Bette Duncan (nee Wolf) came from a long line of proud ranchers and
farmers. Her maternal great grandparents and grandparents, were from
Prague, East Germany and pioneered the early settling of N. Dakota.
While her paternal grandparents immigrated from Silesia, Germany (now
Poland), and helped settle Montana in the early nineteen hundreds.
Bette was born on a ranch in Stillwater County, Montana, May 21st, 1930
(in cattle and rodeo country). This was at the beginning of hard times
for our nation. The Great Depression was just getting a foothold, and
folks in the middle of the country couldn’t keep dirt underfoot from
blowing away in the Dust Bowl. All was not well for farmers, ranchers,
bankers, or the stock market. But at least country folks could raise a
garden, and usually had fresh milk and eggs. Urban dwellers fared far
worse. Thus began a life of hard times and good for miss Bette Wolf.
Bette was introduced early to cowboy poetry by her mother who often read
these poems to she, and her three younger siblings. The poetry of real
cowboys was just a part of everyday life back then. Arthur Chapman, was
the poet of the day, and all the kids knew at least one stanza of his
most famous poem, OUT WHERE THE WEST BEGINS, (Bette’s favorite). As a
birthday gift, her mother once made a wooden-covered scrapbook she had
designed with a burned imagine of a cowboy taming a bronco, and one
stanza of this poem on the front. Bette began filling it with her own
cowboy poetry and found she could write as well as read these stories
and rhymes of verse. She treasures this sixty-eight year old memento to
After a few years on the ranch, her parents moved to Billings where she
began grade school and continued right through college. It was in
Billings that her parents divorced when she was only eleven. Bette, her
sisters, cousins, and friends spent many happy hours exploring the hills
and caves in the area. Money was short, but country life was good.
WW11 broke out, and troops overseas needed vegetables as well as meat,
so those ranchers who were smart, planted part of their land in beans,
sugar beets, and wheat to match the supply of beef they sold the
government. This provided work for Bette with a huge pay raise when she
was just a young teen; She had been earning ten cents an hour
babysitting, but by picking beans, she could earn fifty cents an hour.
This financed all her clothes and needs for the school year when she
worked the summer months. She also worked as an usherette in movie
theatres in high school. Then worked her way through college as a long
distance operator for the telephone company. She was both smart and
ambitious, and these traits would carry her through.
Bette graduated from Rocky Mountain College in Billings, Montana in
1954, and for the next eighteen years worked as a Medical Technologist,
chiefly in the field of toxicology. In this same year, she married the
love of her life, Bill Duncan. Because of his job as a civil engineer,
they trekked from Alaska to Texas, (birthplace of their daughter, Robin,
born in 1958), then on to Los Angeles, and finally Iowa, where they
partnered a ranch with their son-in-law, Don Barber.
Bill graduated from Montana State, and was one of six who were
instrumental in getting rodeo added to the curriculum as a college
sport. He was raised on a ranch, and had the dubious distinction, along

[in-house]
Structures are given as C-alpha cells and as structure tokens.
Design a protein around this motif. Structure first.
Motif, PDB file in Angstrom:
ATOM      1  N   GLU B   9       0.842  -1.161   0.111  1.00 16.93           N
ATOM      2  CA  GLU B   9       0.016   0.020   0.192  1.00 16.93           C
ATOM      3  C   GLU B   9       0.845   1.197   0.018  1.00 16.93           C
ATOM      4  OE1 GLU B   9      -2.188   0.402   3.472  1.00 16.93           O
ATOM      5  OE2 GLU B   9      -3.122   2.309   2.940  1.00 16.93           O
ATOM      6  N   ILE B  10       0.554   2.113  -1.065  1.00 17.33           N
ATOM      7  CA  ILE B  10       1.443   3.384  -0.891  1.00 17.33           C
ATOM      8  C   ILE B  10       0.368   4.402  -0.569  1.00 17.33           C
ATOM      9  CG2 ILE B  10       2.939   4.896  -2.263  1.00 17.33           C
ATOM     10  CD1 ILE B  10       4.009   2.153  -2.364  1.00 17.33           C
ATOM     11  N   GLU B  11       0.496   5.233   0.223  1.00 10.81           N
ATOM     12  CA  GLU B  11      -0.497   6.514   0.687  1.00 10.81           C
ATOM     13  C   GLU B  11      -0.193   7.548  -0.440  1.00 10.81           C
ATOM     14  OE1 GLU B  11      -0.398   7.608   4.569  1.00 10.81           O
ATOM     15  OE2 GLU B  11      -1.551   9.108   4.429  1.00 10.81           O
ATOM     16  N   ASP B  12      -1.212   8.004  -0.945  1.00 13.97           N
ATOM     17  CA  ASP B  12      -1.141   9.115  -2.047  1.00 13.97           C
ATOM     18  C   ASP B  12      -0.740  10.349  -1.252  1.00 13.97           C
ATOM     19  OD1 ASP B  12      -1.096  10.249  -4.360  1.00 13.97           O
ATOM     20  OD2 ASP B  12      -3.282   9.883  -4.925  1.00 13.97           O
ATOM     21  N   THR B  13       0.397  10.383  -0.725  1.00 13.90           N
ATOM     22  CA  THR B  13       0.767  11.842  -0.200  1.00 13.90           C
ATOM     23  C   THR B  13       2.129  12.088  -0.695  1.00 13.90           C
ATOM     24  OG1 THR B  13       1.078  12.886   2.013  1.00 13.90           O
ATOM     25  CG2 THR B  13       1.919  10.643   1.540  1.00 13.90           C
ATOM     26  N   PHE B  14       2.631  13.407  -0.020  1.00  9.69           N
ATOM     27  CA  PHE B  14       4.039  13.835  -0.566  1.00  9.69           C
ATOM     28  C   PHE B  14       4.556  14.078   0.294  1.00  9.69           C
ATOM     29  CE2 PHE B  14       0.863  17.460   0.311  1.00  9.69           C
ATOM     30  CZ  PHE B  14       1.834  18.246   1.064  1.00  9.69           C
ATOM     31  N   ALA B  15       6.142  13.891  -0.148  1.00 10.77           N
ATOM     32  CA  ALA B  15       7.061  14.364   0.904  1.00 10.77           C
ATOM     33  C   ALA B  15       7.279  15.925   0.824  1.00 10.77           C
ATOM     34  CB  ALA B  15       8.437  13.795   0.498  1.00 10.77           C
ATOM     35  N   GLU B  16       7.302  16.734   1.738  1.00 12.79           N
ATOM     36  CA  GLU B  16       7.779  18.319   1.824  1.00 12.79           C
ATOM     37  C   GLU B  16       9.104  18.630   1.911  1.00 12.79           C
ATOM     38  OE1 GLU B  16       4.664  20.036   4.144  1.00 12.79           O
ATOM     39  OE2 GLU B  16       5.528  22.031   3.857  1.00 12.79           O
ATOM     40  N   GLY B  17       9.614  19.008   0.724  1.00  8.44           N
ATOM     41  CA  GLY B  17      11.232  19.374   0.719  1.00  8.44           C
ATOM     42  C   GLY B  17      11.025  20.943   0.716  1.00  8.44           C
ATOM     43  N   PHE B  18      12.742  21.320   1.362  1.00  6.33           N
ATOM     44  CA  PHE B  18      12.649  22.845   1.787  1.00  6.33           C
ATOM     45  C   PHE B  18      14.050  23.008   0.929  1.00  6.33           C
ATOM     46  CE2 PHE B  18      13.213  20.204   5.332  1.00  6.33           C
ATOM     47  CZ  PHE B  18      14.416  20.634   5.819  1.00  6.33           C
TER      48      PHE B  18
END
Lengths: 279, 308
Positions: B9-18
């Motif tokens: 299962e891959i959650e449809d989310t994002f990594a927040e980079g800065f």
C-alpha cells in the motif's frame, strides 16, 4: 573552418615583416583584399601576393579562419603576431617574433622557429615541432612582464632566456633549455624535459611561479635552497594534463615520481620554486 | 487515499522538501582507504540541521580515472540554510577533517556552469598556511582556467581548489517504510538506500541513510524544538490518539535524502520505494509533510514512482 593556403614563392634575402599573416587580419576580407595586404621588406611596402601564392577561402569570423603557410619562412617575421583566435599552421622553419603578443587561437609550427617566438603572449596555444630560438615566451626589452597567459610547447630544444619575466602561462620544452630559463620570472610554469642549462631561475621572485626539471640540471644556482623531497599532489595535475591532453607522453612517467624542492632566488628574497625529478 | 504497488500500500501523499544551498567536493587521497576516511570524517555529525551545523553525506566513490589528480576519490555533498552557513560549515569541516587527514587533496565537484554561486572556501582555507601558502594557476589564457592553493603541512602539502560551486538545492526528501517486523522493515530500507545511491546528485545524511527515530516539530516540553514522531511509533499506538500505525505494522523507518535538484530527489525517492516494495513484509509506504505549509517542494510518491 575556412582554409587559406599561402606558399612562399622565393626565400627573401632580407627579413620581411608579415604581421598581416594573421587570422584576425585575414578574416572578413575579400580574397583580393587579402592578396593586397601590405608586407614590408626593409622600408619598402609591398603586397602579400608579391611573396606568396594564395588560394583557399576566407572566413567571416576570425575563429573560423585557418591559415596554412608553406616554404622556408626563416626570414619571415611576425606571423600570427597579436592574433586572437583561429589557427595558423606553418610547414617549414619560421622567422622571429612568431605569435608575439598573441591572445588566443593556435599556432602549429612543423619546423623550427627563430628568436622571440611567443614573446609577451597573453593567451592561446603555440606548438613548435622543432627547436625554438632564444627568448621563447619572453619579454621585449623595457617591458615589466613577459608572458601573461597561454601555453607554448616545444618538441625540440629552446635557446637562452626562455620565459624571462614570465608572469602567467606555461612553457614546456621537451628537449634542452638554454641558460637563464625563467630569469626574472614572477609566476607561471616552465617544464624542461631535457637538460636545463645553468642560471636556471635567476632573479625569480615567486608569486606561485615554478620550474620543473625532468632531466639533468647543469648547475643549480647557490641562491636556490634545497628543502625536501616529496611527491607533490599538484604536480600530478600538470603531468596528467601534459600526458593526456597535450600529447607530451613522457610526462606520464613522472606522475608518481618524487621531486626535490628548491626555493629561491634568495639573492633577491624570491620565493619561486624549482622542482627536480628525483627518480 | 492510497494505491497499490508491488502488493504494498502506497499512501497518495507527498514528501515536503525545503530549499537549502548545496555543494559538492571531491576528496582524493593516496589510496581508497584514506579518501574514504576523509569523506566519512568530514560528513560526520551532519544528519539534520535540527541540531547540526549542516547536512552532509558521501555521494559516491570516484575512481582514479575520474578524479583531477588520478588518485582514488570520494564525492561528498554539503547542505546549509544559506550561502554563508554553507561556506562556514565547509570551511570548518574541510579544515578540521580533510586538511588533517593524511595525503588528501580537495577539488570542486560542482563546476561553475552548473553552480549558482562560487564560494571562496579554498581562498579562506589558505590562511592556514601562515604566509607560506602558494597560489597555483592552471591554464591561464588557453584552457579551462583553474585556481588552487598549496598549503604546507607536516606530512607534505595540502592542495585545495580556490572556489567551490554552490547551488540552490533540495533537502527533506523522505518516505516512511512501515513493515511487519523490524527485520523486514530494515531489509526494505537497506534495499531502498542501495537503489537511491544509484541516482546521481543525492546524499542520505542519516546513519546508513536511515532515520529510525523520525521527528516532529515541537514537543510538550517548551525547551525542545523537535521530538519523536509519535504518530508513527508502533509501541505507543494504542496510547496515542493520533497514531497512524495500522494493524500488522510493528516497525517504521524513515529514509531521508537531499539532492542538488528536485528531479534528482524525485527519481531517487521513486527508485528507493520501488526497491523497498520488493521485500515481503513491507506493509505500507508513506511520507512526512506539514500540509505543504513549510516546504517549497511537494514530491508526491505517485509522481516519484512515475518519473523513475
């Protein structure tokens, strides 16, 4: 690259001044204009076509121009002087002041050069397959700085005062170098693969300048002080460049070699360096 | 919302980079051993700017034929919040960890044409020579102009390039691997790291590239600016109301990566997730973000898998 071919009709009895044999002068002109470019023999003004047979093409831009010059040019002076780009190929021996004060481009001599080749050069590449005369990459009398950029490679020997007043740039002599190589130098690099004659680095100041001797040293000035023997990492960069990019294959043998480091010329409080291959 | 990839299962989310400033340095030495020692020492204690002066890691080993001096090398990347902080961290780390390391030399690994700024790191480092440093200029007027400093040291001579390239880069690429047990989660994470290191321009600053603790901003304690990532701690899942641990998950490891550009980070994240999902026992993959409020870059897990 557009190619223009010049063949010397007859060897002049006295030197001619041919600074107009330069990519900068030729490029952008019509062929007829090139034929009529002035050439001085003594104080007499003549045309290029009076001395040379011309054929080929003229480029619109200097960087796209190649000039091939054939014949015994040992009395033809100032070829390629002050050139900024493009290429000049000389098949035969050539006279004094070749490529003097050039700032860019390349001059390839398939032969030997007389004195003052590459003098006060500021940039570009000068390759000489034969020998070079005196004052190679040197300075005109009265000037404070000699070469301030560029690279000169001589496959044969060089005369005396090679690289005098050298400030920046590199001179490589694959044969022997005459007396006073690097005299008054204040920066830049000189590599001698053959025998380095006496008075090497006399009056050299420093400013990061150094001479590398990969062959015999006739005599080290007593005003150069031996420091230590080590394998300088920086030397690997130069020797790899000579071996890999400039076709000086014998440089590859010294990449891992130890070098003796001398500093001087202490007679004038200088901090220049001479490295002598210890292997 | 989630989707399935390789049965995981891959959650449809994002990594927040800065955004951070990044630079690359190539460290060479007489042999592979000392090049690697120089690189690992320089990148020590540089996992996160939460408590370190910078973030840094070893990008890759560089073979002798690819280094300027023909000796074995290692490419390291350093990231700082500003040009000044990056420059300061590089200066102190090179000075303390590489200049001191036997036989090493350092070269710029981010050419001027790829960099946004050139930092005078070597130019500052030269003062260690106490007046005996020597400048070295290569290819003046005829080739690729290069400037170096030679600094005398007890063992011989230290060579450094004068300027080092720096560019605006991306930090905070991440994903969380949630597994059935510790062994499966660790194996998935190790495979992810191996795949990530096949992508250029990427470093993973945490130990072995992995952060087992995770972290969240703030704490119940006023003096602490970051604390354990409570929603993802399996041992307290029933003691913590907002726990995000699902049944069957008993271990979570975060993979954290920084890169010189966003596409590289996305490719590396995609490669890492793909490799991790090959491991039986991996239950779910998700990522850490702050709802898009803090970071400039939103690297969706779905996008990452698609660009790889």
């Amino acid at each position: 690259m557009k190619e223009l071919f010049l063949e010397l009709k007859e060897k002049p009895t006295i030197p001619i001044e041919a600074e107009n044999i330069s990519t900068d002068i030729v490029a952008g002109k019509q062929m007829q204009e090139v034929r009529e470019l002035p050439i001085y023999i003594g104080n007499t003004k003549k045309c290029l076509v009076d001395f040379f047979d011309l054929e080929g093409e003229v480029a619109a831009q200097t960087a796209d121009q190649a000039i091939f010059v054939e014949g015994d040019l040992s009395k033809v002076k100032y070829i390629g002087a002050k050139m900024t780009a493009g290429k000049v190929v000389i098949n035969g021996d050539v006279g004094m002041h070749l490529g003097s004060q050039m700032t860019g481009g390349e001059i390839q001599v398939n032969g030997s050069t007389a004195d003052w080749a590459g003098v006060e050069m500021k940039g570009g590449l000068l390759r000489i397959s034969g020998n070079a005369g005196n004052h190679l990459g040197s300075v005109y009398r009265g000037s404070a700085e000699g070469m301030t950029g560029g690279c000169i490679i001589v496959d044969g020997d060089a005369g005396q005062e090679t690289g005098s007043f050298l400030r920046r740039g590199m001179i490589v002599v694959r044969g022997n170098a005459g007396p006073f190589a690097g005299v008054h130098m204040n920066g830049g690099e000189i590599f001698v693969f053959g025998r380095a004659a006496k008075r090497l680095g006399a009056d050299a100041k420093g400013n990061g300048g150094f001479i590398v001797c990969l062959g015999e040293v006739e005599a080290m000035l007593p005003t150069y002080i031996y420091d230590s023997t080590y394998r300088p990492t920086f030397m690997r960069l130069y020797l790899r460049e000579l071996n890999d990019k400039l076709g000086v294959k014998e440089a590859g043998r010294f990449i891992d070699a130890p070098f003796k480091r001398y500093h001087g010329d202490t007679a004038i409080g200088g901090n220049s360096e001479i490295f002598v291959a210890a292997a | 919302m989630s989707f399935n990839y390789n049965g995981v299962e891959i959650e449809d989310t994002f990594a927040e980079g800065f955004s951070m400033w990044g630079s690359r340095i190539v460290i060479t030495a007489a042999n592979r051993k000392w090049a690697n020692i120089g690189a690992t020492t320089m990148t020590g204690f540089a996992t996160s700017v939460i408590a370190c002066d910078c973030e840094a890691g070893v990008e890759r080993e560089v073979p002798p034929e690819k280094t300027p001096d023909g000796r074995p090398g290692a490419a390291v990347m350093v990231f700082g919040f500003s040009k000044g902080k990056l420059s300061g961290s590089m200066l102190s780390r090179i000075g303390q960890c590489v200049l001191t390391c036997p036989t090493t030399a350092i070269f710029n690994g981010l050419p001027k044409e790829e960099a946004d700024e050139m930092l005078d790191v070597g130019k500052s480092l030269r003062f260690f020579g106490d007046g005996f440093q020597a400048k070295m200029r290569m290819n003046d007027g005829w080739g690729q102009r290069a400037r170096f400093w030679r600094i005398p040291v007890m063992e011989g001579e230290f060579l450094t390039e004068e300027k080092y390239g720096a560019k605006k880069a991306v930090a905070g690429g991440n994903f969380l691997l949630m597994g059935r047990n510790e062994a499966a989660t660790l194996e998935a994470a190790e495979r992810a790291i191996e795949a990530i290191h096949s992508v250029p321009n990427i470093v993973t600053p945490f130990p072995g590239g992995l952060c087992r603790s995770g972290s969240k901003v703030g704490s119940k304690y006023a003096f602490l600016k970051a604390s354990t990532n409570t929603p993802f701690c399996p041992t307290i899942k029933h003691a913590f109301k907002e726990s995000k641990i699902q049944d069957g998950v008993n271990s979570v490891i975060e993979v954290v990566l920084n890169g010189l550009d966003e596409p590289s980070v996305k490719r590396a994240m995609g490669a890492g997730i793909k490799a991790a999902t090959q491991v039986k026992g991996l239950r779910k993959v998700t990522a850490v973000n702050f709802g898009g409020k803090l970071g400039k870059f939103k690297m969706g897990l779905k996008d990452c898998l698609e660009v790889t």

with his brother Pete, of riding calves bareback with none other than
Bud Linderman, (who later became World Champion Bareback Rider of
Broncos.) Bill did his share of bronc riding in rodeos too after he grew
up, but as a boy, was actively involved in the family ranch. Every
spring, he helped herd their cattle fifty miles to high ground leased
from the Crow Indian Reservation. In fall, he helped drive them back
down again. He claims he did this at least twenty times. This, and other
experiences and chores of running a ranch, was grist for many of Bette’s
poems. Most are found in her book, “RUSSELL COUNTRY” published in 2002.
The poem ‘Rustler’s Roost’ is just one that reconstructs the tale of a
band of rustlers operating out of the Big Horn Mountains where a
surveying crew of nine, Bill headed, was working prior to the
construction of the Yellowtail Dam in Montana. At that time, they
traveled through country few white men had ever seen. For sustenance,
they lived chiefly off the land and wild game that was abundant back
then. In a remote section of the mountains, the crew discovered a narrow
passageway into a canyon. Across boulders at the opening, and stretching
over the adjacent river, was a heavy chain attached to granite walls at
either side. Beyond the canyon was a fertile plateau. They had found the
rustle’s hideout, but luckily, the bad boys were nowhere to be seen.
This place is now underwater, a part of the Yellowtail Dam Reservoir.
Bill and his crew were fortunate to have glimpsed a piece of the old
west before it disappeared.
In 1974, Bette graduated from Drake University Law School where she was
one of only thirteen women among one-hundred, eighty in the class. She
subsequently was employed as a prosecutor for the Polk County Attorney’s
Office, Des Moines, Iowa, as Director of Regulatory Division and legal
council for the Iowa Department of Agriculture. During her last eight
years of employment, before retiring in 1995, she was an administrative
law judge handling tax cases.
Bette still resides in Iowa near her daughter and six grandchildren,
plus, three great-grandchildren.
Throughout her life, Bette has continued to write cowboy poetry, and in
my opinion; is among the very BEST in the field!
To become a fan, as I have, check out these web pages:
Casey’s Corral of Cowboy Poetry
Charlie Russell’s Stagecoach
Written by Tamara Hillman